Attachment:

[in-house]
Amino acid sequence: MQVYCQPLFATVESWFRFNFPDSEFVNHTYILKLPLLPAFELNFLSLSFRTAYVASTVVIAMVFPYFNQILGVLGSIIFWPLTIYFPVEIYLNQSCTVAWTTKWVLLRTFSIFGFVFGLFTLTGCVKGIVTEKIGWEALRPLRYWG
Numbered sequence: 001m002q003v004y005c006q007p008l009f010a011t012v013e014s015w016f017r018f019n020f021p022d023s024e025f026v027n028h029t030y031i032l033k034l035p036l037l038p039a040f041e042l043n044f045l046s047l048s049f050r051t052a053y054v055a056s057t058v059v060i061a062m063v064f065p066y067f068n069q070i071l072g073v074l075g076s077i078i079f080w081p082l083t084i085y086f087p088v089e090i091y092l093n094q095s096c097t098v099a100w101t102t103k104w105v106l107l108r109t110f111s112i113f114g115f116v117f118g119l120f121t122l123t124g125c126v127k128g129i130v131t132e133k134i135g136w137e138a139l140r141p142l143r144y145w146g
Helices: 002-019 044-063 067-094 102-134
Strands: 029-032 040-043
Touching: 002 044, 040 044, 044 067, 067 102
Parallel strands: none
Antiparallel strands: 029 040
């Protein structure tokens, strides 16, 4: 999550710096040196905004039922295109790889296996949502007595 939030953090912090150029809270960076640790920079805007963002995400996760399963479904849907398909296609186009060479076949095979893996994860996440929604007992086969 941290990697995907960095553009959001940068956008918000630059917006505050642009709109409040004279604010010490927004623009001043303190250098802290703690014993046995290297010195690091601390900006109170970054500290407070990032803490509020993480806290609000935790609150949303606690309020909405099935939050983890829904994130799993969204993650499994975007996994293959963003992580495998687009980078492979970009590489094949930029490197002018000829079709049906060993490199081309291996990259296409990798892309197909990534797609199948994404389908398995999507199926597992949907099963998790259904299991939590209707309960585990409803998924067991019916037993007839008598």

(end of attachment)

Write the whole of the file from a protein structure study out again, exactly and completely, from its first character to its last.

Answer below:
[in-house]
Amino acid sequence: MQVYCQPLFATVESWFRFNFPDSEFVNHTYILKLPLLPAFELNFLSLSFRTAYVASTVVIAMVFPYFNQILGVLGSIIFWPLTIYFPVEIYLNQSCTVAWTTKWVLLRTFSIFGFVFGLFTLTGCVKGIVTEKIGWEALRPLRYWG
Numbered sequence: 001m002q003v004y005c006q007p008l009f010a011t012v013e014s015w016f017r018f019n020f021p022d023s024e025f026v027n028h029t030y031i032l033k034l035p036l037l038p039a040f041e042l043n044f045l046s047l048s049f050r051t052a053y054v055a056s057t058v059v060i061a062m063v064f065p066y067f068n069q070i071l072g073v074l075g076s077i078i079f080w081p082l083t084i085y086f087p088v089e090i091y092l093n094q095s096c097t098v099a100w101t102t103k104w105v106l107l108r109t110f111s112i113f114g115f116v117f118g119l120f121t122l123t124g125c126v127k128g129i130v131t132e133k134i135g136w137e138a139l140r141p142l143r144y145w146g
Helices: 002-019 044-063 067-094 102-134
Strands: 029-032 040-043
Touching: 002 044, 040 044, 044 067, 067 102
Parallel strands: none
Antiparallel strands: 029 040
């Protein structure tokens, strides 16, 4: 999550710096040196905004039922295109790889296996949502007595 939030953090912090150029809270960076640790920079805007963002995400996760399963479904849907398909296609186009060479076949095979893996994860996440929604007992086969 941290990697995907960095553009959001940068956008918000630059917006505050642009709109409040004279604010010490927004623009001043303190250098802290703690014993046995290297010195690091601390900006109170970054500290407070990032803490509020993480806290609000935790609150949303606690309020909405099935939050983890829904994130799993969204993650499994975007996994293959963003992580495998687009980078492979970009590489094949930029490197002018000829079709049906060993490199081309291996990259296409990798892309197909990534797609199948994404389908398995999507199926597992949907099963998790259904299991939590209707309960585990409803998924067991019916037993007839008598």